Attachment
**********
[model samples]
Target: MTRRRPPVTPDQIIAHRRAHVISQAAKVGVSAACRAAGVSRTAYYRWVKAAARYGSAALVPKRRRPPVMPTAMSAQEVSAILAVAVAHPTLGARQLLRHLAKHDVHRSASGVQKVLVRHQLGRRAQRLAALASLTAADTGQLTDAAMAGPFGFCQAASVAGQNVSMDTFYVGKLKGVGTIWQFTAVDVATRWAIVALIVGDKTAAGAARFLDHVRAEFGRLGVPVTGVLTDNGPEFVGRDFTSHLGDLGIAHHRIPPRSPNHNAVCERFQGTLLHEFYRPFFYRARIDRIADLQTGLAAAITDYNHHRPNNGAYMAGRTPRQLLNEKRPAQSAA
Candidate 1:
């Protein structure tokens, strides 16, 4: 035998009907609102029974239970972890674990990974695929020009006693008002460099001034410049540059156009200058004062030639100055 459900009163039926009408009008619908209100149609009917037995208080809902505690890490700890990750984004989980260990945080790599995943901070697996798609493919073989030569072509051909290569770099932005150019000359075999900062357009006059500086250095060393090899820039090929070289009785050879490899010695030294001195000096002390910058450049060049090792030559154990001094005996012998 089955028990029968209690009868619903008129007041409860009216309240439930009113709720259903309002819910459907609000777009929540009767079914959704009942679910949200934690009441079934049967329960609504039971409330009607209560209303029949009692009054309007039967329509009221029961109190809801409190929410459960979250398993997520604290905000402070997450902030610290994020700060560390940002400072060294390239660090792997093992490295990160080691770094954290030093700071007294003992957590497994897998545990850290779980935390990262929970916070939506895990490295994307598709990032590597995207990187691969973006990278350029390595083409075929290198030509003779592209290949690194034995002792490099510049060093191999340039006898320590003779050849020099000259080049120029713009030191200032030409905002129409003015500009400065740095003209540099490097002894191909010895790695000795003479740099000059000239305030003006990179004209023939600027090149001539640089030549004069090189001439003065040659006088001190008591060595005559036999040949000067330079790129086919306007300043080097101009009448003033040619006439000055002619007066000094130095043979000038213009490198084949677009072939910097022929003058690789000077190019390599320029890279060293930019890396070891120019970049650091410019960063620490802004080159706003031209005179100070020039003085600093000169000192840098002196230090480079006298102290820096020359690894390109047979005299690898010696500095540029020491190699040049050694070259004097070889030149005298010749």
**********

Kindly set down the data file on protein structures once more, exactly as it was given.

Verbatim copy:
[model samples]
Target: MTRRRPPVTPDQIIAHRRAHVISQAAKVGVSAACRAAGVSRTAYYRWVKAAARYGSAALVPKRRRPPVMPTAMSAQEVSAILAVAVAHPTLGARQLLRHLAKHDVHRSASGVQKVLVRHQLGRRAQRLAALASLTAADTGQLTDAAMAGPFGFCQAASVAGQNVSMDTFYVGKLKGVGTIWQFTAVDVATRWAIVALIVGDKTAAGAARFLDHVRAEFGRLGVPVTGVLTDNGPEFVGRDFTSHLGDLGIAHHRIPPRSPNHNAVCERFQGTLLHEFYRPFFYRARIDRIADLQTGLAAAITDYNHHRPNNGAYMAGRTPRQLLNEKRPAQSAA
Candidate 1:
């Protein structure tokens, strides 16, 4: 035998009907609102029974239970972890674990990974695929020009006693008002460099001034410049540059156009200058004062030639100055 459900009163039926009408009008619908209100149609009917037995208080809902505690890490700890990750984004989980260990945080790599995943901070697996798609493919073989030569072509051909290569770099932005150019000359075999900062357009006059500086250095060393090899820039090929070289009785050879490899010695030294001195000096002390910058450049060049090792030559154990001094005996012998 089955028990029968209690009868619903008129007041409860009216309240439930009113709720259903309002819910459907609000777009929540009767079914959704009942679910949200934690009441079934049967329960609504039971409330009607209560209303029949009692009054309007039967329509009221029961109190809801409190929410459960979250398993997520604290905000402070997450902030610290994020700060560390940002400072060294390239660090792997093992490295990160080691770094954290030093700071007294003992957590497994897998545990850290779980935390990262929970916070939506895990490295994307598709990032590597995207990187691969973006990278350029390595083409075929290198030509003779592209290949690194034995002792490099510049060093191999340039006898320590003779050849020099000259080049120029713009030191200032030409905002129409003015500009400065740095003209540099490097002894191909010895790695000795003479740099000059000239305030003006990179004209023939600027090149001539640089030549004069090189001439003065040659006088001190008591060595005559036999040949000067330079790129086919306007300043080097101009009448003033040619006439000055002619007066000094130095043979000038213009490198084949677009072939910097022929003058690789000077190019390599320029890279060293930019890396070891120019970049650091410019960063620490802004080159706003031209005179100070020039003085600093000169000192840098002196230090480079006298102290820096020359690894390109047979005299690898010696500095540029020491190699040049050694070259004097070889030149005298010749």